Wagering that US President Trump can still reach a deal on North American free trade isn’t for the faint of heart. But this former House Democrat believes there is reason to be optimistic. The president’s top trade envoy will head to Montreal, Canada to further negotiations with Canada and Mexico on how to best update the North American Free Trade Agreement (NAFTA).
Back at home, American chemical manufacturers are growing increasingly confident that the administration will modernise the 25-year old trade pact so that, like the president’s new tax plan, it can promote growth and enable industries like ours to create jobs.
Given the tough talk from all sides on the trade agreement so far, where does our industry find such confidence? It’s a fair question.
I was in Congress in December 1993 when President Clinton first signed NAFTA into law. Since that time, NAFTA has proven to be a boon for a lot of businesses – but no industry has illustrated the promise of free trade and regional economic integration better than US chemical manufacturing. Trade in chemicals among the US, Canada and Mexico has more than tripled under NAFTA, from $20bn in 1994, to $62bn in 2016. The agreement helped reduce US manufacturing costs, create jobs, increase customers abroad and lower costs for US consumers.
Since chemistry touches more than 96% of all manufactured goods, the chemical industry has had a multiplier effect on job creation and economic growth throughout North America.
Today, thanks to the shale gas revolution, US chemical manufacturing has entered a new golden age. The relatively low price of natural gas has strengthened our competitive advantage and brought unprecedented foreign investment to US shores. According to the Census Bureau, expenditures on chemical plants accounted for half of all US manufacturing construction spending in 2016, up from just 20% in 2009.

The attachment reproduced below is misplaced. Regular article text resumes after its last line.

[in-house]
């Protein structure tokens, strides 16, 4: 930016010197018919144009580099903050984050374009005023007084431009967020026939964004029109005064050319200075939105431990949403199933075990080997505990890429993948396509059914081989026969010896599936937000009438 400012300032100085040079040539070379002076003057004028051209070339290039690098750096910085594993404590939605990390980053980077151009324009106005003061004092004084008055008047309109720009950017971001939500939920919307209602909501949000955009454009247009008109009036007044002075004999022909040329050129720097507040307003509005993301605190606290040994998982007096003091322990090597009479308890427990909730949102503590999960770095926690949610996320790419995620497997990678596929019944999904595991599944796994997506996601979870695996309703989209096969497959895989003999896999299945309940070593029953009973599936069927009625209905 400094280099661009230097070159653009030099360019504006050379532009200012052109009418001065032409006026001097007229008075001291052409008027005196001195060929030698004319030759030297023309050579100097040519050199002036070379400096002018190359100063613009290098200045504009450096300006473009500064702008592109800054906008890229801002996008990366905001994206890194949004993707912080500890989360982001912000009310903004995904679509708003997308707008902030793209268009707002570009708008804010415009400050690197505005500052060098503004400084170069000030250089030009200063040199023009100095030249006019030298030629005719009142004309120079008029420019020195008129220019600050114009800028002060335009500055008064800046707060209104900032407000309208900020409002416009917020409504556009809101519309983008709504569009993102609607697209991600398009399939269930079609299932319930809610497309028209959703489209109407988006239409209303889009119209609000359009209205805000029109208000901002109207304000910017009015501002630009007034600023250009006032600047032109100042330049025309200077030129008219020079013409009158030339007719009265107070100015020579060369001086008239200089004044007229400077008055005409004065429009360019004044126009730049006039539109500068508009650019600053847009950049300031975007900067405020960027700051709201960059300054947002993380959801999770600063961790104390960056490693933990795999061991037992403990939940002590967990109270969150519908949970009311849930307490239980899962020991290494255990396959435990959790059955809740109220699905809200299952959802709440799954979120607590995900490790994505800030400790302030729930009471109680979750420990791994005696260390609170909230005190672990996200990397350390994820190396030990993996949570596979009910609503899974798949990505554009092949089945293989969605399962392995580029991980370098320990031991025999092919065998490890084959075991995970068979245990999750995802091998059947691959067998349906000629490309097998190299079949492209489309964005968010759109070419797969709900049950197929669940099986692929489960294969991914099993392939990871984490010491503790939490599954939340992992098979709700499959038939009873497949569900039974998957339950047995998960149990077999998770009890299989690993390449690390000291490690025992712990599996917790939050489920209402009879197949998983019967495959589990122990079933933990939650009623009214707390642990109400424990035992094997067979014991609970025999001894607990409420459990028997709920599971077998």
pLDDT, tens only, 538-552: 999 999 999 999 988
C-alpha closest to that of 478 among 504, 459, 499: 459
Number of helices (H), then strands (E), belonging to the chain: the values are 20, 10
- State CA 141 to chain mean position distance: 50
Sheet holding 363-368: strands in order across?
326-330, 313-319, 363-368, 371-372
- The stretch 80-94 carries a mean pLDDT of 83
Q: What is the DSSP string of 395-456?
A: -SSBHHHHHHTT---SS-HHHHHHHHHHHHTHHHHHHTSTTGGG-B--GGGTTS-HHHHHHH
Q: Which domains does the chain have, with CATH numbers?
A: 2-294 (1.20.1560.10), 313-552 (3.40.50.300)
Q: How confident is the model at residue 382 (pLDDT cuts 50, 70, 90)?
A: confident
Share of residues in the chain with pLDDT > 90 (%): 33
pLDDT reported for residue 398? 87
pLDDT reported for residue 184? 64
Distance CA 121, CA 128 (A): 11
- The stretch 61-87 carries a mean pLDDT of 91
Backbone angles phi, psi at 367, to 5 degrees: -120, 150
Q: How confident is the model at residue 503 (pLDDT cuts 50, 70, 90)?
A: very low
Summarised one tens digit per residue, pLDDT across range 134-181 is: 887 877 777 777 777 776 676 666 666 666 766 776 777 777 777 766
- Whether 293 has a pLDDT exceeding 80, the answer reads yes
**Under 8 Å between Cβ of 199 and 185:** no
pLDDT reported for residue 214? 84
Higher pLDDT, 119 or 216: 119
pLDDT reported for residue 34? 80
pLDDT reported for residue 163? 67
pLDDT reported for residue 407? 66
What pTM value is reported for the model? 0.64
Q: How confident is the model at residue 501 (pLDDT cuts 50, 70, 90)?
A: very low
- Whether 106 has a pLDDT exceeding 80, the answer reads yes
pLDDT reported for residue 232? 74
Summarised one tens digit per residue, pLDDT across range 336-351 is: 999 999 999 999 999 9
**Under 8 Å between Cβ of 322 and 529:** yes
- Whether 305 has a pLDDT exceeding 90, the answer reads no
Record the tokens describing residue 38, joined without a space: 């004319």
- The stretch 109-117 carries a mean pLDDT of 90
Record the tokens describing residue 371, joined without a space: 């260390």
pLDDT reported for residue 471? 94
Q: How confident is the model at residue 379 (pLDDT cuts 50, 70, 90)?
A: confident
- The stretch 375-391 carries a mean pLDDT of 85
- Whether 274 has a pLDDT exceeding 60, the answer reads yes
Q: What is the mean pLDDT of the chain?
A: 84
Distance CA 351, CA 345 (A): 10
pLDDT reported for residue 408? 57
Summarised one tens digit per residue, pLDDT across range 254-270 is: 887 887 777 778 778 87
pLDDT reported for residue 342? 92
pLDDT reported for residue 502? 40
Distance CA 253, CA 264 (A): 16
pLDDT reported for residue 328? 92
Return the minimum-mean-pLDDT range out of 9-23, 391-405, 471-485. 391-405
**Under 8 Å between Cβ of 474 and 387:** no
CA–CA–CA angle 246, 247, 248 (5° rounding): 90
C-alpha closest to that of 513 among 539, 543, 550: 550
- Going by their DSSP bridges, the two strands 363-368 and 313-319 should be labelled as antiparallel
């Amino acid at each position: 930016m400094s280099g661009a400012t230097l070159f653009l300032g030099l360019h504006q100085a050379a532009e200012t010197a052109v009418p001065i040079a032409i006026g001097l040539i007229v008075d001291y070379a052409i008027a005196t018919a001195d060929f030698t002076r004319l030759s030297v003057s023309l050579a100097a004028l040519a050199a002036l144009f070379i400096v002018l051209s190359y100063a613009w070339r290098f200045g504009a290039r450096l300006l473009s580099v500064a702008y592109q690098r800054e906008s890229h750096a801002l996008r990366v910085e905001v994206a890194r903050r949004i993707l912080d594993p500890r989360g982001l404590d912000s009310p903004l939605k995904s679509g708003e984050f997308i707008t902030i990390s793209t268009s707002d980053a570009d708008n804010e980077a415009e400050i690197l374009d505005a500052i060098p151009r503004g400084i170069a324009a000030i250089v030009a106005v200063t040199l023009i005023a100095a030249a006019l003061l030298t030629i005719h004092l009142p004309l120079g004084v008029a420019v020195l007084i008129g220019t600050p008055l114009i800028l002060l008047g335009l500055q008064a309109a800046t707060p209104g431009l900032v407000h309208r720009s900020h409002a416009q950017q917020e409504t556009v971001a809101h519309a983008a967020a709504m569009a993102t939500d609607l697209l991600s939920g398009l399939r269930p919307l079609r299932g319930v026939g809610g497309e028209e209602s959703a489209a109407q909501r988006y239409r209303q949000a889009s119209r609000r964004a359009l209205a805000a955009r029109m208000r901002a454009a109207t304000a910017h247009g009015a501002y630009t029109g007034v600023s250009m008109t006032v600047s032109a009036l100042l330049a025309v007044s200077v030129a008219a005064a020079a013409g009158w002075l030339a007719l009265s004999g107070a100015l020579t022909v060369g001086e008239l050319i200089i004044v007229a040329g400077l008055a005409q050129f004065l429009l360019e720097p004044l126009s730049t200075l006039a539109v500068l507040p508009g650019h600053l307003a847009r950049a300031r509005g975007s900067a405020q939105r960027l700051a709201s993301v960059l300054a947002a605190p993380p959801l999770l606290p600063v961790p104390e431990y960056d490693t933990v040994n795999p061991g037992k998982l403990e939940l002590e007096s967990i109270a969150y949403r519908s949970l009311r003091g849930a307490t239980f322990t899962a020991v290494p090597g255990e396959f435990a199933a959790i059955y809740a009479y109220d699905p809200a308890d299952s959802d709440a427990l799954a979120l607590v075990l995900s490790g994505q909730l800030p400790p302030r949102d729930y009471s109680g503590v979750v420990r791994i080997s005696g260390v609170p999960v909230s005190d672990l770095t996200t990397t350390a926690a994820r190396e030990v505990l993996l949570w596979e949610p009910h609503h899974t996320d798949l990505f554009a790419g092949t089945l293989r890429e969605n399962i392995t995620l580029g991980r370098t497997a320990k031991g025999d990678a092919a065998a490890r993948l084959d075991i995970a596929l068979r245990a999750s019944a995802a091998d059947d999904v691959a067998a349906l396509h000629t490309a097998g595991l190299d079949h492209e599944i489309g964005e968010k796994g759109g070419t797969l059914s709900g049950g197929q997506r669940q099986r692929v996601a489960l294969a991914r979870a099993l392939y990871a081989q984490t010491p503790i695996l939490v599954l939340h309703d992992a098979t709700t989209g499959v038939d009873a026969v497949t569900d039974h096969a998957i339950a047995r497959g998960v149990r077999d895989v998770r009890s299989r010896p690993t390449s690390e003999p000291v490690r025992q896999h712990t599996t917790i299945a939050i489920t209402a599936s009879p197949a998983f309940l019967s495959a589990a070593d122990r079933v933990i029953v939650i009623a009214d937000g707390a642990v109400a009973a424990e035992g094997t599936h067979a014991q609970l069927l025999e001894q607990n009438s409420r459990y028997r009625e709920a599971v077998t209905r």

The chemical industry as a whole has announced 300 projects valued at $185bn. An impressive 62% of that investment is from overseas. Many projects are aimed at supplying not only the North American market, but also the global market.
RECORD CHEMICAL TRADE SURPLUS
By the end of this decade, the US chemical sector is positioned to post record trade surpluses. But for that to happen, we have to keep trade alive with Canada and Mexico, the two leading foreign markets for US chemicals exports.
Withdrawing from NAFTA, and reintroducing tariffs into the North American supply chain, would erode US manufacturing competitiveness and extinguish a renaissance that is expected to peak within the next decade.
Tariffs artificially inflate the price of chemical industry goods. They also hike up the costs of the inputs that businesses purchase to produce those goods. Operating margins would take a significant hit – and with them, jobs. That’s because US chemical industry jobs are high-paying, and 30% of them depend on exports.
When the price of chemical products goes up, customers begin to look for cheaper substitutes and China will be well-positioned to meet their demand. Shuttering chemical facilities or propping up China’s economy at America’s expense is hardly in our country’s best interest.
Although NAFTA has worked well, it isn’t perfect. I believe the pact should be modernised to ensure that its benefits can flow more freely across the US economy. For instance, NAFTA negotiators are considering a chapter on Regulatory Cooperation, which would enable all three governments to better coordinate regulatory activity and avoid unnecessary barriers that have hindered trade between our countries.
Still, when the president talks about withdrawing from NAFTA, inserting highly controversial proposals or removing investor protections from a new agreement, he makes it difficult for his most steadfast supporters to back any reform effort. On the other hand, the president understands what he can do to continue to support our nation’s booming chemical manufacturing industry and knows what the industry can continue to do for our country – drive economic growth, boost exports, and create jobs.
The chemical industry is betting on the president to negotiate sound NAFTA reform, but we’re also betting on ourselves. We know the value we bring to the table and the impact we have on other sectors. And that should give manufacturers across North America, and the countless businesses that depend on our products, reason to be optimistic.
Cal Dooley is president and CEO of the American Chemistry Council (ACC). Dooley represented the 20th District of California as a Democratic member of the House from 1991 until 2004. He served on the House Agriculture Committee, as well as the House Resources Committee.